This article was written by 13-year-old Amanda Embree and
submitted to the Free-Market.net
Liberty Essay Contest. As a result, Amanda won a prize -- a KeepAndBearArms.com
Life Membership. She's our newest and youngest Life Member. Feel free to send
her a note to welcome her to the team. --Angel Shamaya, KABA Founder/Executive
Guns: A Wrong or Our Right?
by Amanda Embree
The second amendment to the constitution of the United States of America says
that "A well regulated militia, being necessary to the security of a free
State, the right of the people to keep and bear Arms, shall not be
infringed." Many argue that this is a collective right given to the
National Guard, and not the individual citizens. Webster's collegiate dictionary
defines militia thus:
"A body of citizens enrolled as a regular military
force for periodical instruction, discipline, and drill, but not called into
active service except in emergencies. In the United States, it includes all
able-bodied male citizens between eighteen and forty-five . . . "
the Supreme Court ruled in U.S. v. Verdugo that when the Constitution and its
amendments use the phrase "the people" it can always be interpreted
"individuals." This would include "the right of the people to
keep and bear arms shall not be infringed." The U.S. Code defines militia
in Title 10, section 311 as "all able-bodied males at least 17 years of
age...." The second amendment means the citizens.
With their first argument debunked, gun control advocates would have us
believe that guns are dangerous and that anyone owning one is a potential
criminal. They insist, then, that we must keep guns only in the hands of
policemen and the military. One major problem is that criminals, by definition,
disobey the law. According to The New American magazine, during one period of 10
years, about 16,000 guns were stolen from U.S. Military arsenals, and in one
year enough rifles, machine guns, bullets, gas masks, grenades, etc. were stolen
from the Los Angeles National Guard to arm a combat unit.
Even supposing we could get all guns from everyone including the police and
military, criminals could make their own. Home-made guns, also known as
"Zip" guns, can be made from readily available materials such as radio
antennas, gas pipes, rubber bands, door latches, and nails. At a high school in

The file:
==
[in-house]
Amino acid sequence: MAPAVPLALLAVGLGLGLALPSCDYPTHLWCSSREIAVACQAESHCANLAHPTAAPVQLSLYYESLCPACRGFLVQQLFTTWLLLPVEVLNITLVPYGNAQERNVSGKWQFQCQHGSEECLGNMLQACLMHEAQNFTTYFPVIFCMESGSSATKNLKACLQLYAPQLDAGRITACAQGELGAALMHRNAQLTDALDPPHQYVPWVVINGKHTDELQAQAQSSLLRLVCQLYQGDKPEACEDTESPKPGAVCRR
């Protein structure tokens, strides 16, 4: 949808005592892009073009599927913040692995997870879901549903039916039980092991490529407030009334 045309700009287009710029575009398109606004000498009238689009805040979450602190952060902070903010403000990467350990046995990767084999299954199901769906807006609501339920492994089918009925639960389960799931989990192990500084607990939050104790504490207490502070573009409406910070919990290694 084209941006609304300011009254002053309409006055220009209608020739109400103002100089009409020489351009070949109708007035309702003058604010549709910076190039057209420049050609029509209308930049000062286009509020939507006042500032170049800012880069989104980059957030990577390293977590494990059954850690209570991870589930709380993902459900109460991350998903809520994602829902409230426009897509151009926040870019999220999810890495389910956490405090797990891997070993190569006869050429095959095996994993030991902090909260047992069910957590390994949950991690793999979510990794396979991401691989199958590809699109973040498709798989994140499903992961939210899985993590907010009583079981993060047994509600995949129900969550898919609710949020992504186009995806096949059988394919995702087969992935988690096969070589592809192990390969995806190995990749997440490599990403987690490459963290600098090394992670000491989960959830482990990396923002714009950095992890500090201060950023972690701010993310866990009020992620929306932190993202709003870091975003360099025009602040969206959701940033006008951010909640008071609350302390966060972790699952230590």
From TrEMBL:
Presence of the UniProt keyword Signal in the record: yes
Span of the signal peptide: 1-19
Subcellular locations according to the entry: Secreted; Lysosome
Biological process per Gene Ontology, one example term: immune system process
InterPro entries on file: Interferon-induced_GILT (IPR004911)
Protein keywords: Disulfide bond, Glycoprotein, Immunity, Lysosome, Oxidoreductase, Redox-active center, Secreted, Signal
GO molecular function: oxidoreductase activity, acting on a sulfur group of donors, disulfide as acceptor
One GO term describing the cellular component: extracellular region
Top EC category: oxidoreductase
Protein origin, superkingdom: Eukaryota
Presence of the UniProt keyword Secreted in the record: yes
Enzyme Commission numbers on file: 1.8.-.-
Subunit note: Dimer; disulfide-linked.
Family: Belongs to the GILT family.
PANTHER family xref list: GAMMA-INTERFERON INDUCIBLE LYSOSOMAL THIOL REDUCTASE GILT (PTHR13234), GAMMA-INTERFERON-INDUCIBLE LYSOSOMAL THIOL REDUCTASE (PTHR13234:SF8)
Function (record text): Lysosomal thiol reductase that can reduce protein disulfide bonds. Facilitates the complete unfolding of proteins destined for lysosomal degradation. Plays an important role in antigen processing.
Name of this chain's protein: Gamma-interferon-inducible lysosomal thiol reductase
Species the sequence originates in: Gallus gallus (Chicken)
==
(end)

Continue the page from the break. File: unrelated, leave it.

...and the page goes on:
Jerome, Idaho, in June of 1988, a 15-year-old boy died when he was accidentally
hit by a gun he had made from a music stand and a ball bearing. In the Marion,
Illinois top security penitentiary, officials found "an extremely
sophisticated zip gun made from metal tubing, tape, a light bulb filament,
flashlight batteries taken from a radio, and a toggle switch." The gun's
hitting power was reportedly equal to that of a .25-caliber pistol (Parade
magazine, September 28, 1980). Two murderers escaped from a maximum security
prison in San Quentin, California using a machine gun they had built while
serving time. The list goes on and on.
If we can't prohibit guns, then control lobbyists will suggest waiting
periods. The problem is that waiting periods do not prevent crime and can keep
protection out of the hands of those who need it. The Kansas City Police
Department found that, on average, murder stemming from a domestic dispute was
committed after the murderer had already visited the victim five times. Murder
is usually planned ahead of time, so a waiting period won't prevent it. A
Hollywood actor named David Rappaport committed suicide 15 days after he bought
a .38-caliber revolver. The 15-day waiting period in California didn't stop him.
Guns have been called "the great equalizer" with reason. The
elderly and invalids can handle them and protect themselves from stronger
attackers. Robert J. Kukla said in his book Gun Control (Stackpole Books, 1972),
"Prior to the development of firearms it was the most muscular and brutal
-- the man with a club, ax, or sword who ruled our roads and streets and at
their whim terrorized our homes. Today, a paunchy intellectual or a dainty and
delicate woman, with courage and determination, is more than the equal of any
brute who ever trampled the sands of a Roman arena. The difference is a
In 1982 the head of households in Kennesaw, Georgia (except convicted
criminals and those with religious objections) were required to own at least one
gun and ammunition. That year incidents of burglary dropped 73% in Kennesaw. In
1991 and 1992 combined there were three robberies, and from the passing of the
law until ten years later there were no murders. A University of Massachusetts
study found that criminals' fear of armed citizens halts an average of 50,000
crimes each year.
The fiercest criminal from whom individual citizens need protection is a
government which becomes overbearing. We are free in America today because the
colonists fought against King George's tyranny using the guns that the king
tried to take from them. The Alamo defenders used their own weapons when the
Mexican government violated the Constitution of 1824 and started to take away
the settlers' freedoms. More recently, our government used force to take Elian
Gonzalez by overcoming his unarmed protectors and dispersing unarmed protesters.
There is no guarantee that it won't happen again, because a government can do
whatever it wants to if the citizens are unarmed.
If we are to keep our freedoms we must keep our guns.